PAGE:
Task 7 – Report
The main legal and ethical issues relevant to the work I do are related to copyright and permissions. Often, there is no budget available to source images for use in a project, meaning that either assets must be created by myself or that images must be found with a free license. This generally means that images with a Creative Commons license are used. However, some CC licenses aren’t suitable, such as the Noncommercial license or NoDerivs license (can’t modify the image) so preferably images with a CC0 license are used (no rights reserved) as these allow the most freedom. If I produce my own assets its generally a simpler process, as I (or my company) own the copyright for the images (unless stated otherwise in the contract). If I am taking photos of people, I generally ask them to sign a Model Release Form (I use the one provided for free by the Royal Photographic Society – here) though this is dependant on the circumstances. I only really use this if I am photographing someone for the sole purpose of using the image as an asset in a design (rather than taking photos at an event).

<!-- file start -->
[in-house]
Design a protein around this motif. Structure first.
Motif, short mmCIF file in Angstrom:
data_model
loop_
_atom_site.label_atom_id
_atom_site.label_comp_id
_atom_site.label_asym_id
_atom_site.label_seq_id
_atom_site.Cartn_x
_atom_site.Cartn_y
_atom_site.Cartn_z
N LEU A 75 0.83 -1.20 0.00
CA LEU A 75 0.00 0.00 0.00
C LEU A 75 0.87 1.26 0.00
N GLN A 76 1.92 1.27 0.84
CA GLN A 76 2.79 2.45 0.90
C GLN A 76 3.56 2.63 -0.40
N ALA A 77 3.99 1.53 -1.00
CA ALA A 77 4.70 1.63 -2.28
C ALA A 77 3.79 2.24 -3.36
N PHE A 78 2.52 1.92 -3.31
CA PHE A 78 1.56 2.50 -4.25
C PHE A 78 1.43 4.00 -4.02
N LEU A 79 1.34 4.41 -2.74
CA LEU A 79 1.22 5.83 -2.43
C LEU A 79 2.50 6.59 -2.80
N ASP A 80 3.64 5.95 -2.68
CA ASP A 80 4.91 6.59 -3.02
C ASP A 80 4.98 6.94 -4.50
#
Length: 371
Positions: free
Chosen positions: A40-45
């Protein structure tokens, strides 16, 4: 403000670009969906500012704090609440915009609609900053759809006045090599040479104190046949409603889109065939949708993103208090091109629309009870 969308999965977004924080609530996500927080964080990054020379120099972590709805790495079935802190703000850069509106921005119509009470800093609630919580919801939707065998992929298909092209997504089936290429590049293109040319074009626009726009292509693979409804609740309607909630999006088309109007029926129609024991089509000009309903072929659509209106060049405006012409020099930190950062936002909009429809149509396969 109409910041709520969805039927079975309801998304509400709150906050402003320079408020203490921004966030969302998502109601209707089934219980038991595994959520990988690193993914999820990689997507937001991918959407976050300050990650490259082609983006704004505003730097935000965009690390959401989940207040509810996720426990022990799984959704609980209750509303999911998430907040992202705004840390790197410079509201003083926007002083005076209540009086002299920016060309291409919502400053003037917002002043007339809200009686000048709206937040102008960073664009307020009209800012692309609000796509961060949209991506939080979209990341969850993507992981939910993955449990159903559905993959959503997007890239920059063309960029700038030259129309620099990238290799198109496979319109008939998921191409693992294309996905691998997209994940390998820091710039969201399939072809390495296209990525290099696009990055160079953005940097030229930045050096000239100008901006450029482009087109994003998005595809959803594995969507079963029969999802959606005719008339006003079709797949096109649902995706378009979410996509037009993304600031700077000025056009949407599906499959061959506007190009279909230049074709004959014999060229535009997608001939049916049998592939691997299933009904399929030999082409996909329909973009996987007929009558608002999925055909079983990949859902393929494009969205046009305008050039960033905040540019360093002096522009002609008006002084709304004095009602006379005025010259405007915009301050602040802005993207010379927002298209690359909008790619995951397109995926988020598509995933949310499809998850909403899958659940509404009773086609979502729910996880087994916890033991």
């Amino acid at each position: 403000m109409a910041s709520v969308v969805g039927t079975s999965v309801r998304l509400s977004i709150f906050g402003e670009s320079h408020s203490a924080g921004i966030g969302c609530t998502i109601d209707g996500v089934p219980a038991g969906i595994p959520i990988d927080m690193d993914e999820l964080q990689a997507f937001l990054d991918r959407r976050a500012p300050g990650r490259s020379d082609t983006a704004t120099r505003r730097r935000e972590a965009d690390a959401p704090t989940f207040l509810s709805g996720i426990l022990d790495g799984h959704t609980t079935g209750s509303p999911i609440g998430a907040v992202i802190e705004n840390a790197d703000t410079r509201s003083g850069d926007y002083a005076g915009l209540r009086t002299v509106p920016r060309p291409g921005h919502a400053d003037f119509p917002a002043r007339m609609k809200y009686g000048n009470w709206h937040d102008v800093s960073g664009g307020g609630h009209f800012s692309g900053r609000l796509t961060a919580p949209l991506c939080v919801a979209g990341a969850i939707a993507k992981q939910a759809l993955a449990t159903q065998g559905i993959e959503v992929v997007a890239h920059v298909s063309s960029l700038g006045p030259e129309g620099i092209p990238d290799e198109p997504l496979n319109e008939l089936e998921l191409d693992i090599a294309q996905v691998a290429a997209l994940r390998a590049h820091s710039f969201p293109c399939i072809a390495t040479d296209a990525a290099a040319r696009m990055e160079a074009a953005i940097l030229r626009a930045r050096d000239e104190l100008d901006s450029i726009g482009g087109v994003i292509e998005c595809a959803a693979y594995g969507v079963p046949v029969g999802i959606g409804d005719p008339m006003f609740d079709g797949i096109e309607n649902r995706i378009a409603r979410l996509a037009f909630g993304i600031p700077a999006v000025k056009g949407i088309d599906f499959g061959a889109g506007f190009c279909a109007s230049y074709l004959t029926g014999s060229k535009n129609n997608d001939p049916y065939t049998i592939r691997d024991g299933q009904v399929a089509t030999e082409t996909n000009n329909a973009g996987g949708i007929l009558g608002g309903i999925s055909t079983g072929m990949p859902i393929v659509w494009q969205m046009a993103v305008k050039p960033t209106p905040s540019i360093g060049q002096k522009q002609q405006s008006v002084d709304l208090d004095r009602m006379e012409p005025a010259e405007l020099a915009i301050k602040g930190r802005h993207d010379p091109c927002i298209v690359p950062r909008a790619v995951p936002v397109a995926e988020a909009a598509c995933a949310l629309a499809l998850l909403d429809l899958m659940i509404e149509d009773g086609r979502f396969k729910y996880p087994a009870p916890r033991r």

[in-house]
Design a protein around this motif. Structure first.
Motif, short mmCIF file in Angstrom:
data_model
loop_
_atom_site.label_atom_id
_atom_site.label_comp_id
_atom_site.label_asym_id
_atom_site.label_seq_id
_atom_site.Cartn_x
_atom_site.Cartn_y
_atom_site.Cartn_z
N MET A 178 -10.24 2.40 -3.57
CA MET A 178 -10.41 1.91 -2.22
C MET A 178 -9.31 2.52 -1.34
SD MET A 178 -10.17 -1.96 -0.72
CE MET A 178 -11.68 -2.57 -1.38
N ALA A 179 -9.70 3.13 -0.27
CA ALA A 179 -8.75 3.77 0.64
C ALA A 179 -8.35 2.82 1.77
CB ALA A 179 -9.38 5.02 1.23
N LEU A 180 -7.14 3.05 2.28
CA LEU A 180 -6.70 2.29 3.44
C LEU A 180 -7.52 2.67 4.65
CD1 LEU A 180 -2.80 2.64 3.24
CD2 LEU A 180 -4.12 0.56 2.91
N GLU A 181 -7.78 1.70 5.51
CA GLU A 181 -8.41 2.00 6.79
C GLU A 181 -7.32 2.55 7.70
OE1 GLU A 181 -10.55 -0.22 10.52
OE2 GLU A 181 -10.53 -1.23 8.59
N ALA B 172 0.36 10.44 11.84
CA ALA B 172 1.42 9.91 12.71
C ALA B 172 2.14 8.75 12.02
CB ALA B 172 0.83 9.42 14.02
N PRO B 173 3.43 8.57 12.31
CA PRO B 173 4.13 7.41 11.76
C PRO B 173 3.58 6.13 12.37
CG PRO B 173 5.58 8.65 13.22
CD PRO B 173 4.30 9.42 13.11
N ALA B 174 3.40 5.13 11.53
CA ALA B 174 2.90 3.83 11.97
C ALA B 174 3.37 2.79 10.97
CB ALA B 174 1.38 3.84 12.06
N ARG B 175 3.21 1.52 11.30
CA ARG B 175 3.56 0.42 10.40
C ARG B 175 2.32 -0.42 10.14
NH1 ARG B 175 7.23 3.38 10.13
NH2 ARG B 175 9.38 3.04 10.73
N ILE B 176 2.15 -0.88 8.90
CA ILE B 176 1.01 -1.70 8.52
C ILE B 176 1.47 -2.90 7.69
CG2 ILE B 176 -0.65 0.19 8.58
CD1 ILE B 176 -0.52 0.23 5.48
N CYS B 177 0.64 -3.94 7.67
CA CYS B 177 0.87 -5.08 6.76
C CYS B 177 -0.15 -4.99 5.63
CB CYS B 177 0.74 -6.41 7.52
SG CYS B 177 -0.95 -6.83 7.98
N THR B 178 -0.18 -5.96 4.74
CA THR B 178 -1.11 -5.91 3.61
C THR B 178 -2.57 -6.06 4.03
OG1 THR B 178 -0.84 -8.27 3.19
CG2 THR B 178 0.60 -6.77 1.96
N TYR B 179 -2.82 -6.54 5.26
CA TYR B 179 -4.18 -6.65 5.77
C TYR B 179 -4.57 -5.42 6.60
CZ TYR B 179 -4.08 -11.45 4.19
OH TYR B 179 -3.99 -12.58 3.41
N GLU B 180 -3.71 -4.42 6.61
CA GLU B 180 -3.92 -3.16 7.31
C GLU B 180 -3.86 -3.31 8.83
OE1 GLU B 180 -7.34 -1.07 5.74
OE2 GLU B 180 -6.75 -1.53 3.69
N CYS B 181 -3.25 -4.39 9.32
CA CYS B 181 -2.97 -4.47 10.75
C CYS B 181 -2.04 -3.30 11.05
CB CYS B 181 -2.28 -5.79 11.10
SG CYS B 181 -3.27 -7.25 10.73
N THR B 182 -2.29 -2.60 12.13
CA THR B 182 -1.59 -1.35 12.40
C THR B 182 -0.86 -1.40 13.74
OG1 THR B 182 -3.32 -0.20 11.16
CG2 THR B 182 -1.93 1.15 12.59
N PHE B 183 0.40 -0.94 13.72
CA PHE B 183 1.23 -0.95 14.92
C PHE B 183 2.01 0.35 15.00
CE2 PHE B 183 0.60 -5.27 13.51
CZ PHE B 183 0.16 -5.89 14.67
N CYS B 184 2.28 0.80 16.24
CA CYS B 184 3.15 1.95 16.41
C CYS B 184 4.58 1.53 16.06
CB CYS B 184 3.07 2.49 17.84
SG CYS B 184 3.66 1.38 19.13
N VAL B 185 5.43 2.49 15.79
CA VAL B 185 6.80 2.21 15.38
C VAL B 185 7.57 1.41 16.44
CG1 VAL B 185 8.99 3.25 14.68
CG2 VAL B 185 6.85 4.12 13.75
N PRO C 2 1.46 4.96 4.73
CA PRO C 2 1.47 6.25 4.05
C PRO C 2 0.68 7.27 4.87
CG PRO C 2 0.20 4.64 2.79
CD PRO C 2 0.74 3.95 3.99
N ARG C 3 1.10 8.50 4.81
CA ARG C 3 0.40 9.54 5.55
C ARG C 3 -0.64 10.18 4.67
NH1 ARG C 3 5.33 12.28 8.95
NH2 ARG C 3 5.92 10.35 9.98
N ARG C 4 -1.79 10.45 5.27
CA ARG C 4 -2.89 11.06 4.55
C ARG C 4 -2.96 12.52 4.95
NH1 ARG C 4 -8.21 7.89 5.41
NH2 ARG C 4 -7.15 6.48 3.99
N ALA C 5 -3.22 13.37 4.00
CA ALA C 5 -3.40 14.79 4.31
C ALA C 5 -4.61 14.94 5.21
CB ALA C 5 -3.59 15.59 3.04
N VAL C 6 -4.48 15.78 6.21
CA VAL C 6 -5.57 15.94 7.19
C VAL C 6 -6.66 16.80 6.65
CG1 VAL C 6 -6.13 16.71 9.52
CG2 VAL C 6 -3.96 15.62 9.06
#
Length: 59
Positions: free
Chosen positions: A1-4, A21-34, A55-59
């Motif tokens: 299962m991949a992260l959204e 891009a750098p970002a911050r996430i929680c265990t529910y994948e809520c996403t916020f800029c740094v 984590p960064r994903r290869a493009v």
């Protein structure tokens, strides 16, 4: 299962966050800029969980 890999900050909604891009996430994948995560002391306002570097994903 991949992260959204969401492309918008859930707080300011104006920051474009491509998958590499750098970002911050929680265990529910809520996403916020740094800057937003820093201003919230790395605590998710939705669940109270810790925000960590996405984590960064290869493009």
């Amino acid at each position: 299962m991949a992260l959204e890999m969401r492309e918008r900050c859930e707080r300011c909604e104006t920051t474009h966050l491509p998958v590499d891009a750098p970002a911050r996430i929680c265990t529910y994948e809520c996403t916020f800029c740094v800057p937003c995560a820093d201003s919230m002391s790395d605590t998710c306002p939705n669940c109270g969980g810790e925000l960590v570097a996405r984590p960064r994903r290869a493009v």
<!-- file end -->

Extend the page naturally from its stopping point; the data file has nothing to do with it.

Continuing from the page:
Sometimes the client has suitable assets for a project, in which case I would ask for permission to use them or they would state that they were to be used.
It’s important when being given assets by a client to only use them with their permission and not to use them on other projects.